Home Education Fundamental Uncertainty: Rationality and Plausible Reasoning

# Logic, Empiricism and Probability Structures

Henry E. Kyburg, Jr.

## Keynes's Treatise on Probability

### Logic and empiricism

One1 of the great and influential events of Keynes's youth was the publication of Whitehead and Russell's Principia Mathematica (Whitehead and Russell, 1910-1913). Keynes was enormously impressed by this work, and to some extent took it as the inspiration for A Treatise on Probability (TP) (Keynes, 1973 [1921]). To some extent only, because Keynes clearly rejected the atomism and some of the empiricism associated with Russell's philosophy of science. Nevertheless he never became a subjectivist with regard to probability.

In 1921, and certainly in 1907 when the first draft of the Treatise was completed (Carabelli, 1988), it was widely thought that the basic principles of logic had to be accepted on the basis of "intuition." Lewis Carroll/ John Dodgson wrote a cute spoof, "What the Tortoise Said to Achilles," whose point was that the validity of modus ponens (the inference by which, if p entails q and p can be stated, then also q can be stated) could not be demonstrated by modus ponens (Carroll, 1895). Many people thought that the "first principles" of logic had to be accepted on intuitive grounds. There was no semantic tradition that would have allowed us to "show" that standard logic is truth preserving.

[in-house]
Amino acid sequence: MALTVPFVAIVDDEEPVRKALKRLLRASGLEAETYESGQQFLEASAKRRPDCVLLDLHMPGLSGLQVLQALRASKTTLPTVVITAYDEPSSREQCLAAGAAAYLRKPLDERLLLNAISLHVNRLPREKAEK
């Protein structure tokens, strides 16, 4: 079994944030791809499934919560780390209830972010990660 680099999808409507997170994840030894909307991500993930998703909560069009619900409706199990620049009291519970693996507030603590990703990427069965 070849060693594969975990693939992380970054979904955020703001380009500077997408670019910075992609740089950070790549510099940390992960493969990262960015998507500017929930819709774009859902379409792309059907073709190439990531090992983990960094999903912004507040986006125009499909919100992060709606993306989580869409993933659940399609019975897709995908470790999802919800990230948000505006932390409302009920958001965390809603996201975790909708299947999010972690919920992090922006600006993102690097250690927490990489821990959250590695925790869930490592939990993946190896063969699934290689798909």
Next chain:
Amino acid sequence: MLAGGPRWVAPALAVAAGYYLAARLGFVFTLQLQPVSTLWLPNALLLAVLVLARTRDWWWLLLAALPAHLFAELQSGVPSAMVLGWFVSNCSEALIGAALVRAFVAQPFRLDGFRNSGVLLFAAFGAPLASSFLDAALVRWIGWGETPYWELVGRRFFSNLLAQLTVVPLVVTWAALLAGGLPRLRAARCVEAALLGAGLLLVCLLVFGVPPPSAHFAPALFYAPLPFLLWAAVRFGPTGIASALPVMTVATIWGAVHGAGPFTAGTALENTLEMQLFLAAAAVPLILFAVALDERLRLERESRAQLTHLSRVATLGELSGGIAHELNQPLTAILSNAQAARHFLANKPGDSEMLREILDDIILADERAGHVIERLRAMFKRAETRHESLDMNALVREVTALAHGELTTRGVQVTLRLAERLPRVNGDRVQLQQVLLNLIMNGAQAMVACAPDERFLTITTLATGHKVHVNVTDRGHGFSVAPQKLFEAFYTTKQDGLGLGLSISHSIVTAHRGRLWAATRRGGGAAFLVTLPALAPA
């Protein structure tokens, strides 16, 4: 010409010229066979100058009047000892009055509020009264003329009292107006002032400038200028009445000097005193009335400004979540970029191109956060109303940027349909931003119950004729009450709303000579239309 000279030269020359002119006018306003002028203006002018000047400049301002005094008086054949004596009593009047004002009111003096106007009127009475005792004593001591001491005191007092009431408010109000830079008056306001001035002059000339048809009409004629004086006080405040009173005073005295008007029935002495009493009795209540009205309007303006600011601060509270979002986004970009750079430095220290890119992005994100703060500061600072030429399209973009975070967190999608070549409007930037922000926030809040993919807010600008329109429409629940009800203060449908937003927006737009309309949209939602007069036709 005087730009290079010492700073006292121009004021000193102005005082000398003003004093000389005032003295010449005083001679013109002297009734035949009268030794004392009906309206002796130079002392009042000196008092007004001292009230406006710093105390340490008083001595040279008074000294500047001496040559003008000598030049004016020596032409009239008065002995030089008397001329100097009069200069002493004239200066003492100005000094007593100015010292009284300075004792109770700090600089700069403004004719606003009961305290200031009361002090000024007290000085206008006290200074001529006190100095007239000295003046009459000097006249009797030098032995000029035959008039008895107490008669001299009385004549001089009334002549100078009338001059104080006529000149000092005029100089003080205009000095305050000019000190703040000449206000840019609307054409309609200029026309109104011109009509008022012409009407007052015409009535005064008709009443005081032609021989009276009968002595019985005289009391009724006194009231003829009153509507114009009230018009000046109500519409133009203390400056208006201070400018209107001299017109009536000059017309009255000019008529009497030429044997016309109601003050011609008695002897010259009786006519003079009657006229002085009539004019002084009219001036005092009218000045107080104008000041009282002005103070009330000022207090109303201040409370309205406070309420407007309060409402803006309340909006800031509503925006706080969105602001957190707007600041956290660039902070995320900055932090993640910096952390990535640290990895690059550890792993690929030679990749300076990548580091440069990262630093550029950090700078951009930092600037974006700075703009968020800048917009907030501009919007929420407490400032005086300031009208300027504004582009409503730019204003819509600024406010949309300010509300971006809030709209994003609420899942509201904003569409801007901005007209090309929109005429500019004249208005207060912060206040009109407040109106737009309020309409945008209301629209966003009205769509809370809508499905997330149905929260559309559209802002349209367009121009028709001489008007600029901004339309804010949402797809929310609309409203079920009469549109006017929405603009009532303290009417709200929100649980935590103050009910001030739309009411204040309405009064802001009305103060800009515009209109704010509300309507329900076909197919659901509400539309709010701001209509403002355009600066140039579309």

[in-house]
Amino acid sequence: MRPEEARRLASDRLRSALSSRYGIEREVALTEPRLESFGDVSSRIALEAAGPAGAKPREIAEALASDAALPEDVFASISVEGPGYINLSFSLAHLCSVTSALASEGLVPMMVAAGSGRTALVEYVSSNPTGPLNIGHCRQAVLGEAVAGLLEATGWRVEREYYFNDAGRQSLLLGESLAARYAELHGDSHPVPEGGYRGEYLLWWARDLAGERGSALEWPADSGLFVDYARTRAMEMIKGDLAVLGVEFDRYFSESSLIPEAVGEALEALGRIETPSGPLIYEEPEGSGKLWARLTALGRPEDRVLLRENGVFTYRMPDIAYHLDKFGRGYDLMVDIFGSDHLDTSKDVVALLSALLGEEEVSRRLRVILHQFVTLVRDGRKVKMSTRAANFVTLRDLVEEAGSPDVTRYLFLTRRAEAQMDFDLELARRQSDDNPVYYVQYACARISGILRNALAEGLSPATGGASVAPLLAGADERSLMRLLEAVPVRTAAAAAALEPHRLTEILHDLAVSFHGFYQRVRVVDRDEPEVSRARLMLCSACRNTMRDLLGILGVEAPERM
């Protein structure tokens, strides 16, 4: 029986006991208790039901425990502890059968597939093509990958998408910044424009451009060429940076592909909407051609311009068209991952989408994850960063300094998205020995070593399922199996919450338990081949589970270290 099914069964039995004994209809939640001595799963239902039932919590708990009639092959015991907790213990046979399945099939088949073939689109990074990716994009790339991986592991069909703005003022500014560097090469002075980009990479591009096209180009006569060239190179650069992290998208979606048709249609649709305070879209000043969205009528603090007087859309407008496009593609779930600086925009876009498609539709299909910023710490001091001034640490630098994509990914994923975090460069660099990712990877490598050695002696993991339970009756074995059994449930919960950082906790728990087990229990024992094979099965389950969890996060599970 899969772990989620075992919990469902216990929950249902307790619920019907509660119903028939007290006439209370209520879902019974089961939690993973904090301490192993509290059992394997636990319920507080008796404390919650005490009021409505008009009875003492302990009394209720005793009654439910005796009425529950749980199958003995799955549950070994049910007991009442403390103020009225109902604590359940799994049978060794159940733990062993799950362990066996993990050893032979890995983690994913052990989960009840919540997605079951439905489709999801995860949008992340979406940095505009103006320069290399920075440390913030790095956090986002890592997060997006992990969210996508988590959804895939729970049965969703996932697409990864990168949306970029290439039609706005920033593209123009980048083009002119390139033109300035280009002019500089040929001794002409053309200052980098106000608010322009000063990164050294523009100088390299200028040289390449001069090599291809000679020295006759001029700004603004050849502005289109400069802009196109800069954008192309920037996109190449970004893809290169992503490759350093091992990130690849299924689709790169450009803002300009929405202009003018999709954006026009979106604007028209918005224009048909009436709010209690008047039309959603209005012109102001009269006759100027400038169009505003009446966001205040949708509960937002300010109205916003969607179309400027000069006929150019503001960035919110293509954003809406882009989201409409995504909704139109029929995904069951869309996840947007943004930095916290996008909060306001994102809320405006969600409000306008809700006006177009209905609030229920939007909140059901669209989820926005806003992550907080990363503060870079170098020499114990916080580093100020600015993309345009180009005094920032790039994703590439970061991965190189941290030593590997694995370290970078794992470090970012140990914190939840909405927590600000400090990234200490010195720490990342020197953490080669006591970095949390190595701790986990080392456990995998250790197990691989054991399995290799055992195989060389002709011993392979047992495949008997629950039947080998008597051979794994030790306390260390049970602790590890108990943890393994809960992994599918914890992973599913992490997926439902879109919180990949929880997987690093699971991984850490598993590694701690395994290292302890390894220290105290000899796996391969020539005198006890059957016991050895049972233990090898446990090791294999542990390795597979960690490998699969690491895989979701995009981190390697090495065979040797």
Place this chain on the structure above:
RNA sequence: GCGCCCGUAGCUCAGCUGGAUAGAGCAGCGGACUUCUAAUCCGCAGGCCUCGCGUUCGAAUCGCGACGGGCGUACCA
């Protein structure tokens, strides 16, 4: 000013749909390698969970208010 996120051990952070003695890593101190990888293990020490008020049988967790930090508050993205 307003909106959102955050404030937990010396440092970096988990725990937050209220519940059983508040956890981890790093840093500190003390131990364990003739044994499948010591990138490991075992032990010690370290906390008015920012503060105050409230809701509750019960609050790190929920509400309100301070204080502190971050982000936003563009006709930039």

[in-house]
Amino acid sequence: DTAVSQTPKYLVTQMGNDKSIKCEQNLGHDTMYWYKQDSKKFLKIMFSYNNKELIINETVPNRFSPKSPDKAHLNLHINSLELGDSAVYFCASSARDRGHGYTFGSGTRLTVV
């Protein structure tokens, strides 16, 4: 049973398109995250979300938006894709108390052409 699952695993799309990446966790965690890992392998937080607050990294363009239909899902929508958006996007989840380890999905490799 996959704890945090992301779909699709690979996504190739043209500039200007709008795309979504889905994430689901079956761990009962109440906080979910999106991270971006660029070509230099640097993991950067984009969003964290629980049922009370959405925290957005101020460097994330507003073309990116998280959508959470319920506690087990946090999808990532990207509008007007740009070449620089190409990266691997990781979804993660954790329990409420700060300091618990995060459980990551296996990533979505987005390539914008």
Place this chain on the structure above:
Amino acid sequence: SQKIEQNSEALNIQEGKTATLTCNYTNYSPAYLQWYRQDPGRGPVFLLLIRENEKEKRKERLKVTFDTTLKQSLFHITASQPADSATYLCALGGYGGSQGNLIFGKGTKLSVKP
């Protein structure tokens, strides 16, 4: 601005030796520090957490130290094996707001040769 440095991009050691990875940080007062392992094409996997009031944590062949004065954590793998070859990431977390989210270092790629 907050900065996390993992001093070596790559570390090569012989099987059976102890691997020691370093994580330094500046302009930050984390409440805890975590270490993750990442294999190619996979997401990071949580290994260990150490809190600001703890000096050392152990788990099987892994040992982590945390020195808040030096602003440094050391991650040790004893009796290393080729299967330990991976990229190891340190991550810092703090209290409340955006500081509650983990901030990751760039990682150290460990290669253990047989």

It is important to note that in the philosophical world of the nineteenth century "intuition" did not carry overtones of arbitrariness or personal whimsy. It did not embody the sense of subjectivity that later gave rise to the doctrines of Ramsey (1931), de Finetti (1937; 1964) and Savage (1972). "Intuition" was what allowed us to see that modus ponens was a valid form of inference, as well as what allowed us to see that we were in the presence of a crow or a black patch.

"Empiricism" in probability, for Keynes, also had a specialized and narrow meaning. It referred to a doctrine, stated by Leslie Ellis (1844) and developed by John Venn (1866), according to which probability statements were nothing but statements about empirical relative frequencies.

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